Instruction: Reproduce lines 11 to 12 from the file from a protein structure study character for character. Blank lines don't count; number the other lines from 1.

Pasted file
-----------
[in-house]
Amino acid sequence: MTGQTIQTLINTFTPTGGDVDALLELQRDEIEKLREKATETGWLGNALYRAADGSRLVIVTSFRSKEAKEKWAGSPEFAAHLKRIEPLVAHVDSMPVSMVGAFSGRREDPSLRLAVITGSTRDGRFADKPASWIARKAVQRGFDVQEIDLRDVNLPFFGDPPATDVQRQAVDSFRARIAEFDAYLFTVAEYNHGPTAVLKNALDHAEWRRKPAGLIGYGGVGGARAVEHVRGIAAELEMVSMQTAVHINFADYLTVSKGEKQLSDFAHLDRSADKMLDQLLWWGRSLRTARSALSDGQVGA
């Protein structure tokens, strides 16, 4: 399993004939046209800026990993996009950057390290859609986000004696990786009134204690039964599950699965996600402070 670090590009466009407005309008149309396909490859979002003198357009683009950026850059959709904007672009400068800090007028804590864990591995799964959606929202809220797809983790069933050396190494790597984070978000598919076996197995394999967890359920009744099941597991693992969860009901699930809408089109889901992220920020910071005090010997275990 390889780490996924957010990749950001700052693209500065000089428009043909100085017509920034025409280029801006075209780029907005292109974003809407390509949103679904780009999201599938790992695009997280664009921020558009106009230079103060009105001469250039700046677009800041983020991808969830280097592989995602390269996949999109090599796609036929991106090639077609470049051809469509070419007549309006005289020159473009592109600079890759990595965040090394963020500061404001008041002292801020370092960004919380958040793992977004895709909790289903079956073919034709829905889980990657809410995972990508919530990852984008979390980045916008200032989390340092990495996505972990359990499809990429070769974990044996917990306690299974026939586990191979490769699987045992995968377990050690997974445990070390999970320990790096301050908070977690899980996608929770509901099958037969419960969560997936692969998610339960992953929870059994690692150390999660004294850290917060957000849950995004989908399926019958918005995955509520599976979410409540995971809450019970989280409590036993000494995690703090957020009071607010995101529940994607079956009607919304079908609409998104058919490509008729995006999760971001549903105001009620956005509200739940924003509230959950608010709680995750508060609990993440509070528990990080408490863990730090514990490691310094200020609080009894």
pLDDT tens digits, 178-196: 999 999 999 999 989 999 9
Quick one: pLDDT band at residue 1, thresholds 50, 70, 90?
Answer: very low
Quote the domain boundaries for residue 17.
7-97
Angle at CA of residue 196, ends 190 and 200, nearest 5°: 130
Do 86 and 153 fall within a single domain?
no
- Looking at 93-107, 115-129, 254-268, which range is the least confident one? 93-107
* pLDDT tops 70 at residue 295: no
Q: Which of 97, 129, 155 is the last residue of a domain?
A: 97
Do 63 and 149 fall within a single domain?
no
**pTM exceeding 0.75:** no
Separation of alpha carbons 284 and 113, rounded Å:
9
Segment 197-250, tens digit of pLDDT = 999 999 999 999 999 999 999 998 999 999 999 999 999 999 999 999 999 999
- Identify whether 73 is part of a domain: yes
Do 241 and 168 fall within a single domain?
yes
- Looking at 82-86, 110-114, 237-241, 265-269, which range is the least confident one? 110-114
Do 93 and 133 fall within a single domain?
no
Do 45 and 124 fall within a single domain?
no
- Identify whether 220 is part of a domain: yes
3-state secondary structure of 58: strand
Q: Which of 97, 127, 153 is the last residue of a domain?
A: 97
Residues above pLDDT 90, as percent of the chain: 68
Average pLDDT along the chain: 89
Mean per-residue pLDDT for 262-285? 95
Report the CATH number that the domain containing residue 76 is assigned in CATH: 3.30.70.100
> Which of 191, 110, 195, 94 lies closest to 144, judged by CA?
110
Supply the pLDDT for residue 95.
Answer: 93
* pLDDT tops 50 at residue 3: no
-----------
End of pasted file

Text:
no
- Looking at 93-107, 115-129, 254-268, which range is the least confident one? 93-107